Saturday, March 31, 2007

Frisbee Beers

Lately there has been a discussion of how many beers fit into a frisbee. Chuck's initial claim of 8 beers was rightly challenged by Side Bar. Clearly a frisbee cannot hold 8 beers. Following that, Chuck used math and shit and arrived at the 2.5 beers conclusion.

Very close, Chuck.

Z, one of our good friends who is also an exceptional math guy, used math and calculated 2.98 (or what most of us would call "3") beers in a frisbee. Both of their answers led to the conclusion that a frisbee contains 2.5 to 3 beers.

When one puts this into practice, the truth is...different. This is not to denigrate Chuck's or Z's conclusions. They did not have an actual frisbee to use in their calculations.

I was able to obtain a regulation-size frisbee (courtesy of Goldie, whose frisbee is definitely trustworthy). And then I poured beer into it. I was very surprised.

One beer.



It held nearly four beers.

Drinking a frisbee full of beer is no easy task. I would not have thought that until I actually poured beer into a "disc."

I'm still not a fan of people that take Ultimate Frisbee too seriously. People that do that have either been misled by hippies or are actually hippies. Ultimate can be great fun, as long as no one bitches at me for taking an extra step after I make a catch and then throw an awesome pass. Hey man, chill. Go smoke a doob. It's just a game, right?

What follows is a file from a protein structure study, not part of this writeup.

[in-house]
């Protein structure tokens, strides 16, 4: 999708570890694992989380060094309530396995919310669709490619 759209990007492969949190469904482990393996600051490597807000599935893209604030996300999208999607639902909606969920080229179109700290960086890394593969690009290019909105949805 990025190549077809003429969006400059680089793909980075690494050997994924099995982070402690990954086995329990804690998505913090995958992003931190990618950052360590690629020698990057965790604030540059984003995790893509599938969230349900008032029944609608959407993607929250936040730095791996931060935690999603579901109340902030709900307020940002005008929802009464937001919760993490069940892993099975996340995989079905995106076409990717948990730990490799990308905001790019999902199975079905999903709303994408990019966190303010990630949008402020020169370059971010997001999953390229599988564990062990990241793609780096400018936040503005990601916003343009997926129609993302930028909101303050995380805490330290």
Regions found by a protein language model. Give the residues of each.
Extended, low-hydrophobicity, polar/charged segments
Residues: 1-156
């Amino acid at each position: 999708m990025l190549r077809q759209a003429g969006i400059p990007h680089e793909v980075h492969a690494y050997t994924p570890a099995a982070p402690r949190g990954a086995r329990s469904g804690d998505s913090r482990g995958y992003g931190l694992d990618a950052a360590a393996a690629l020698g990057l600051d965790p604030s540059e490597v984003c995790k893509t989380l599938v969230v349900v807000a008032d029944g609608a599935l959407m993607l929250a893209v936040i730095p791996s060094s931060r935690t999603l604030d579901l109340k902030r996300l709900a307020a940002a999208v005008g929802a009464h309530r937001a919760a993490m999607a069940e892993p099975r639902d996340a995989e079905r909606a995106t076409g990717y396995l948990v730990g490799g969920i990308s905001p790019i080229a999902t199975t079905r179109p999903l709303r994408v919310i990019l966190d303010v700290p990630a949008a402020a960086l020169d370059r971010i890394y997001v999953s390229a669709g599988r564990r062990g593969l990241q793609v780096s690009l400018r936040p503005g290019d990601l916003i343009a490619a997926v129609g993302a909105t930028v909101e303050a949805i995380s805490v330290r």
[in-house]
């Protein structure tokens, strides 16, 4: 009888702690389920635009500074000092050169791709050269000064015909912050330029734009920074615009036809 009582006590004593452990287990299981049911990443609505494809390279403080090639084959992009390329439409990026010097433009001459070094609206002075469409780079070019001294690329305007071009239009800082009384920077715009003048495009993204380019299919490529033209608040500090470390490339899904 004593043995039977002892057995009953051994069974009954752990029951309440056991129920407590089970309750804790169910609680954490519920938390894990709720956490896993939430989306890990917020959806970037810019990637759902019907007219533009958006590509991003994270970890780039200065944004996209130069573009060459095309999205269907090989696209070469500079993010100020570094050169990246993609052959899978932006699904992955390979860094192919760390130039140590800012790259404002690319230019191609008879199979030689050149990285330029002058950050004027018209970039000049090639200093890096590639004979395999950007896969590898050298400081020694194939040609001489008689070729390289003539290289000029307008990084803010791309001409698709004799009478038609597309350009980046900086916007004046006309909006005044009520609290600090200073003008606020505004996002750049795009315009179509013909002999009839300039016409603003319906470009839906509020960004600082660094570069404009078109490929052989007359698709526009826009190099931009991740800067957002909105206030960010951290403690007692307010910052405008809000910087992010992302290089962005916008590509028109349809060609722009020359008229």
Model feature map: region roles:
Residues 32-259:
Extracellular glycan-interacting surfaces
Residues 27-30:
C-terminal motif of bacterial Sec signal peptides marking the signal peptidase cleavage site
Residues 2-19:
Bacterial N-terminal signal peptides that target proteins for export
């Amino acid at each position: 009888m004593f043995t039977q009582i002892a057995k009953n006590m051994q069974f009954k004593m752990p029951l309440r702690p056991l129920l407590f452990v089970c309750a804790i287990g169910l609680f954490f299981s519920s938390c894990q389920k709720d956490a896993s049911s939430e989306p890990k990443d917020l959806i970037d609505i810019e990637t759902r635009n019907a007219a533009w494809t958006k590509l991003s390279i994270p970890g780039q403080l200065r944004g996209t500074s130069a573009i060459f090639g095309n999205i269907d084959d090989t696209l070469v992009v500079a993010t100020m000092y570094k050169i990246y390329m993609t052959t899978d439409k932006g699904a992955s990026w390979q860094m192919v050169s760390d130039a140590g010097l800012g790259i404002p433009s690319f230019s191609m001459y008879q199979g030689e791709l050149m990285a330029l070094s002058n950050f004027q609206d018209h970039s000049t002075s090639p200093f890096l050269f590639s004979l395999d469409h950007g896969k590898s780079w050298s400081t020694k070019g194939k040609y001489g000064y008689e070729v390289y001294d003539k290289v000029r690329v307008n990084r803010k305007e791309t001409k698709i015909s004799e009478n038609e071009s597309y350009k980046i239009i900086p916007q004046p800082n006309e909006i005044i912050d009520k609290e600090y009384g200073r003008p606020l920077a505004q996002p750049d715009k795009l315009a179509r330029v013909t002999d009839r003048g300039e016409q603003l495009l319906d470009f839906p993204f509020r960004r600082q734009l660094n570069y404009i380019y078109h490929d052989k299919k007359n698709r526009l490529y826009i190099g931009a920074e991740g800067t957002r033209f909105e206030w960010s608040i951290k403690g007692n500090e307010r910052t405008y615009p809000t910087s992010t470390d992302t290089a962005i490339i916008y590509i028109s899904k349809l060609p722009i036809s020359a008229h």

Tonight, after filling a frisbee with beer and then drinking it, I'm very impressed with frisbee folks who have done that. I never would have guessed that it could hold almost four beers.

Ultimately (pun definitely intended), keep smokin'. And just keep livin'. L-I-V-I-N.


Joe said...

So what was wrong in Z.'s calculations?

ChuckJerry said...

Thank goodness for science.

Goldie said...

The disc was NOT regulation. I have a regulation 175-gram disc on my wall right next to the slightly larger 180-gram disc that Chris used in the experiment.

Z's calcuations were done without inspecting an actual frisbee, but rather guestimating the diameter and depth of the frisbee, which turned out to be smaller than the disc used in the experiment.